- Automate services: Backups can be run automatically and without manual intervention. This means even in the event of a deletion, your data still exists, intact. In addition, this saves your team time in managing backups.
- Efficient processes: Top vendors, who have been at C2C technology for a while, have years of data to improve their services and make their processes more efficient than ever. For example, Backupify has the capability to work around Microsoft’s REST API limitations.
- Resilient to cyberattacks: If your enterprise experiences a ransomware attack, cloud-to-cloud backups are protected, as information isn’t saved on an office network.
- Minimize downtime: Solutions like Backupify are optimized to restore data from backup into the primary web application, which means you can get back up and running faster.
Cons to Cloud-to-Cloud Backup
When considering whether to move your business data storage and backup a cloud-to-cloud solution, it’s important to note that not all backup solutions are the same.
With that, there can be downfalls to a cloud-to-cloud option. For example:
- You could be sharing resources: When using AWS or Azure, you might be required to share bandwidth and processes with other companies in the system. This can increase your risk of downtime and outages. An outage on AWS in 2017 cost publicly traded companies up to $150 million dollars.
- Your data may not be stored at an independent location: Services like Azure follow a process where cloud data stored in Azure is copied back to Azure meaning data is not stored in an independent location. This can be risky in the event of a disaster at Azure. Separating data storage locations means increased protection of information. It’s better to look for a service that extracts data from web applications and stores them in an independent location or separate cloud storage. This way, in the event of a software glitch or security breach in the primary system, your data is safe.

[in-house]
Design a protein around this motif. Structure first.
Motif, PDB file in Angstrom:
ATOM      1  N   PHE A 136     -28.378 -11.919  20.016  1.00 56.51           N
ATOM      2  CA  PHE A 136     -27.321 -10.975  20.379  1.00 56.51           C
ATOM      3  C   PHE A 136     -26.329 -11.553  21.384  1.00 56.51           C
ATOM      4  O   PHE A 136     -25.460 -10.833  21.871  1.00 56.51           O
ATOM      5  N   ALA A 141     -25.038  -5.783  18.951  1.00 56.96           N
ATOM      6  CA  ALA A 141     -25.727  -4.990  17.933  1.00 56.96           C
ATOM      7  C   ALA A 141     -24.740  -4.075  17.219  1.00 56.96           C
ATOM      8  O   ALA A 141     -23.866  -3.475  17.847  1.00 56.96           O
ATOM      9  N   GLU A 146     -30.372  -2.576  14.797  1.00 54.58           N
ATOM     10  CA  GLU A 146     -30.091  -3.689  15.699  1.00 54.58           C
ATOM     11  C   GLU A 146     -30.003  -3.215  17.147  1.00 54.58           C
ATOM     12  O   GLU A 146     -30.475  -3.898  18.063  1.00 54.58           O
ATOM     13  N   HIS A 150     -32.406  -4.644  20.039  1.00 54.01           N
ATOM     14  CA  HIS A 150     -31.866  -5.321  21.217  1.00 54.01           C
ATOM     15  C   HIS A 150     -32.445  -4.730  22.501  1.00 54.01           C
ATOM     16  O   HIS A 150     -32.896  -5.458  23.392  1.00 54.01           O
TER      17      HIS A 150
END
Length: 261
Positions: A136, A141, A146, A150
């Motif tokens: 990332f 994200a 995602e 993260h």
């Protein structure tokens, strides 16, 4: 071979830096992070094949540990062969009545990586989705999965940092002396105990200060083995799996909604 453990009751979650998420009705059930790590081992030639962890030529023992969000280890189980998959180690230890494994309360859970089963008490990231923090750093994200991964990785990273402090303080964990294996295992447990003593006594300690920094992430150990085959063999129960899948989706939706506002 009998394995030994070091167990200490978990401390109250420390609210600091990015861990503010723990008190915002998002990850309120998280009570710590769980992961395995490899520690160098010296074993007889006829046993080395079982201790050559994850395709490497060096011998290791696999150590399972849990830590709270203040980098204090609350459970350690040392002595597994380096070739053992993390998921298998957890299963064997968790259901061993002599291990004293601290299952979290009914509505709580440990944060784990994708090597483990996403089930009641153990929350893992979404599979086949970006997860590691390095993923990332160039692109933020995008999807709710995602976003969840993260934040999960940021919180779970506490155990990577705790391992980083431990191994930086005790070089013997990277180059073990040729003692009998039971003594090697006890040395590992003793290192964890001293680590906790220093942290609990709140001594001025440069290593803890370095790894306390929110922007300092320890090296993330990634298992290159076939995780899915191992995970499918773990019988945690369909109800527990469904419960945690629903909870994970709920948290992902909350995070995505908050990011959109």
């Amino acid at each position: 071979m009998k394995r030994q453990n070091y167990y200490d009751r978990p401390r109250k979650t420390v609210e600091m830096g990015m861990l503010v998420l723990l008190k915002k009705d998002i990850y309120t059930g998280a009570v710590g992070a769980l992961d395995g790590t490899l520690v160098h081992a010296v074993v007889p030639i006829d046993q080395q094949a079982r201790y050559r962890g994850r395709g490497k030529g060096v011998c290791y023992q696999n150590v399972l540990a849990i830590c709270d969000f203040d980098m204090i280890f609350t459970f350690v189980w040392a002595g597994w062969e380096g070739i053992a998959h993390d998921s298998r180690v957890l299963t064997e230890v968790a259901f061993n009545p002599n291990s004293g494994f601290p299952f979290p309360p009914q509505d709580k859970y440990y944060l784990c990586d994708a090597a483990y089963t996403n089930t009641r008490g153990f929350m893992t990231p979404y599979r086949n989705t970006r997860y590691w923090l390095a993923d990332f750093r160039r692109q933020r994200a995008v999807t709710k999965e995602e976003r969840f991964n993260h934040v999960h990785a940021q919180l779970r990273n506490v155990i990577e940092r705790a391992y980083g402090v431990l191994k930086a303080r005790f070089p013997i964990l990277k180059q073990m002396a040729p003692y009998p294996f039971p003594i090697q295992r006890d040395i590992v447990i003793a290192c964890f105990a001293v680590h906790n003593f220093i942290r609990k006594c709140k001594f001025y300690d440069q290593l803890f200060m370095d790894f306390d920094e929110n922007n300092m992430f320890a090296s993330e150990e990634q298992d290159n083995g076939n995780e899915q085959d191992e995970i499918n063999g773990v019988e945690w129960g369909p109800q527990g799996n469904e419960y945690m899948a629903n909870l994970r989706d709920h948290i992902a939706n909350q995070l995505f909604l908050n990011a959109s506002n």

It’s also worth noting that restoring data from a cloud-to-cloud backup can vary in time. The speed at which your data is restored will depend on the available network bandwidth. If you’re using a vendor that shares resources, it can take longer than if you were to go through a local restore process where data is stored on the physical hard drives locally.
Moving Data Backup to Cloud-to-Cloud
When looking for a cloud-to-cloud solution or provider, it’s best to look for one that:
- Functions to back up data, not archive it, which means your data is readily available for restoration back into the live environment
- Meets compliance needs or internal policies
- Prioritizes ease of use with a support structure to respond swiftly and efficiently if necessary
- Allows you to customize the portions of data you need protected
- Has an external security certificate
- Demonstrates time-tested expertise in working with SaaS application APIs
When done correctly, there are many benefits to cloud-to-cloud backup. Interested in learning more? For more information on using the cloud for data backup, contact Backupify.